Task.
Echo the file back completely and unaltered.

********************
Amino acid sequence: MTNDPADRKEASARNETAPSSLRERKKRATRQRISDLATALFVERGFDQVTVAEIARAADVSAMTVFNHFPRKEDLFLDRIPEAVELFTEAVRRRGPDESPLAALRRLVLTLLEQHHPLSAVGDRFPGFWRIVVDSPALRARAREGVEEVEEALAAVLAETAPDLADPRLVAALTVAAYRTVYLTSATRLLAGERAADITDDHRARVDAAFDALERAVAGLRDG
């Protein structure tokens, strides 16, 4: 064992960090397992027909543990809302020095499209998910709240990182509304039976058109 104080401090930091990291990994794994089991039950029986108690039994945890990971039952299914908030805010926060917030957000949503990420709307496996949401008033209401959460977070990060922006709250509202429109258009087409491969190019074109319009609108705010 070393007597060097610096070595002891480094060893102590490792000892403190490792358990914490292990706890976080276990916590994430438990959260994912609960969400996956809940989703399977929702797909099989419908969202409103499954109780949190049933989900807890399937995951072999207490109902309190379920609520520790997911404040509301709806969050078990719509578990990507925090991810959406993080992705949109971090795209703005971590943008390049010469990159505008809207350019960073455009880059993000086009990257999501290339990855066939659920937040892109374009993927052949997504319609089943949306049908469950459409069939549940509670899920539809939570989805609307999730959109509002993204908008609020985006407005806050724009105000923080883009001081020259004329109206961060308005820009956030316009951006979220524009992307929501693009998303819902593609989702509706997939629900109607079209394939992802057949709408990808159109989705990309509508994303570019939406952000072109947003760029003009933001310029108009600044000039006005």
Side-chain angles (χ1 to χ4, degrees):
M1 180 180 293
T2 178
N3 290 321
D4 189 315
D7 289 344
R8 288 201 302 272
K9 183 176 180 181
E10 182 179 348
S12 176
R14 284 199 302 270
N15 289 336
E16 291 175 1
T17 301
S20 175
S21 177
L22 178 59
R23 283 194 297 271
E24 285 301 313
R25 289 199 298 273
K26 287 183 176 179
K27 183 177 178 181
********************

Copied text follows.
Amino acid sequence: MTNDPADRKEASARNETAPSSLRERKKRATRQRISDLATALFVERGFDQVTVAEIARAADVSAMTVFNHFPRKEDLFLDRIPEAVELFTEAVRRRGPDESPLAALRRLVLTLLEQHHPLSAVGDRFPGFWRIVVDSPALRARAREGVEEVEEALAAVLAETAPDLADPRLVAALTVAAYRTVYLTSATRLLAGERAADITDDHRARVDAAFDALERAVAGLRDG
């Protein structure tokens, strides 16, 4: 064992960090397992027909543990809302020095499209998910709240990182509304039976058109 104080401090930091990291990994794994089991039950029986108690039994945890990971039952299914908030805010926060917030957000949503990420709307496996949401008033209401959460977070990060922006709250509202429109258009087409491969190019074109319009609108705010 070393007597060097610096070595002891480094060893102590490792000892403190490792358990914490292990706890976080276990916590994430438990959260994912609960969400996956809940989703399977929702797909099989419908969202409103499954109780949190049933989900807890399937995951072999207490109902309190379920609520520790997911404040509301709806969050078990719509578990990507925090991810959406993080992705949109971090795209703005971590943008390049010469990159505008809207350019960073455009880059993000086009990257999501290339990855066939659920937040892109374009993927052949997504319609089943949306049908469950459409069939549940509670899920539809939570989805609307999730959109509002993204908008609020985006407005806050724009105000923080883009001081020259004329109206961060308005820009956030316009951006979220524009992307929501693009998303819902593609989702509706997939629900109607079209394939992802057949709408990808159109989705990309509508994303570019939406952000072109947003760029003009933001310029108009600044000039006005």
Side-chain angles (χ1 to χ4, degrees):
M1 180 180 293
T2 178
N3 290 321
D4 189 315
D7 289 344
R8 288 201 302 272
K9 183 176 180 181
E10 182 179 348
S12 176
R14 284 199 302 270
N15 289 336
E16 291 175 1
T17 301
S20 175
S21 177
L22 178 59
R23 283 194 297 271
E24 285 301 313
R25 289 199 298 273
K26 287 183 176 179
K27 183 177 178 181